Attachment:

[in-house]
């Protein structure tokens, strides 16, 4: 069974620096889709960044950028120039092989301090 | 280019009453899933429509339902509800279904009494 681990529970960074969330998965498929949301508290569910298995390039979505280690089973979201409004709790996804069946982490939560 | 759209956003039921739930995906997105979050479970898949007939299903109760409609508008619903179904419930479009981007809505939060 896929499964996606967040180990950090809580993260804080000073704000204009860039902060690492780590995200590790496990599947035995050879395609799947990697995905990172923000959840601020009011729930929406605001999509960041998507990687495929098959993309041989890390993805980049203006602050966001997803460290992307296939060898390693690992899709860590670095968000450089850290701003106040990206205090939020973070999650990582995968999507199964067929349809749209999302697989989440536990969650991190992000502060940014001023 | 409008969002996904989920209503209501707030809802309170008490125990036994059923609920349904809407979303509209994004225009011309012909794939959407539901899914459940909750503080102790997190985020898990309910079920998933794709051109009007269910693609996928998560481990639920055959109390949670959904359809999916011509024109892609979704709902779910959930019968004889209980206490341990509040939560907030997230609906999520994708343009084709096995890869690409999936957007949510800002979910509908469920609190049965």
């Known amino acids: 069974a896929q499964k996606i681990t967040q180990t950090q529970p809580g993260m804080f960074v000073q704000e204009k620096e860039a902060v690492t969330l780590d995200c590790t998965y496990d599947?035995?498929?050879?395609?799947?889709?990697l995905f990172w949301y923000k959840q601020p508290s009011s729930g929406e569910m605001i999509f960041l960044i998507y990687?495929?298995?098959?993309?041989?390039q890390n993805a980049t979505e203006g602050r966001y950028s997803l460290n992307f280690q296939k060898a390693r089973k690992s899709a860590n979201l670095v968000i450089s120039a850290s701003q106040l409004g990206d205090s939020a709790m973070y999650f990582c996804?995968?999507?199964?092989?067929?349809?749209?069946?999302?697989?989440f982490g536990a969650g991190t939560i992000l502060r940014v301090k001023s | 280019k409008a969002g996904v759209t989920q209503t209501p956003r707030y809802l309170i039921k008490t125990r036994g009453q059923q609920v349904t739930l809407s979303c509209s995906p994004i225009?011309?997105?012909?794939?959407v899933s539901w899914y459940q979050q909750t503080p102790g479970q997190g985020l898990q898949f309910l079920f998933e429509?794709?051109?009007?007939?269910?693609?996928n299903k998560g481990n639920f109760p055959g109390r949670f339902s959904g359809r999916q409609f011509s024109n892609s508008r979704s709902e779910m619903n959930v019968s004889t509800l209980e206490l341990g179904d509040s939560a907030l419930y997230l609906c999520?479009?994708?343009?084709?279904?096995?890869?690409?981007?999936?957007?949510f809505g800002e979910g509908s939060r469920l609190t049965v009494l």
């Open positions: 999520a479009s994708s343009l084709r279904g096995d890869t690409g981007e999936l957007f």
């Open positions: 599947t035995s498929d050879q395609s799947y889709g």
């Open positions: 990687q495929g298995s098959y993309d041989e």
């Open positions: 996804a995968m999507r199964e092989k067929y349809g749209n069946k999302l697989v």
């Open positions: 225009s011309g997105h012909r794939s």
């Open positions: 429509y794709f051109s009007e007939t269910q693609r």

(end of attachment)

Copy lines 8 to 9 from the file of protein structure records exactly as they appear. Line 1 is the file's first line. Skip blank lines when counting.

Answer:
């Open positions: 225009s011309g997105h012909r794939s």
């Open positions: 429509y794709f051109s009007e007939t269910q693609r």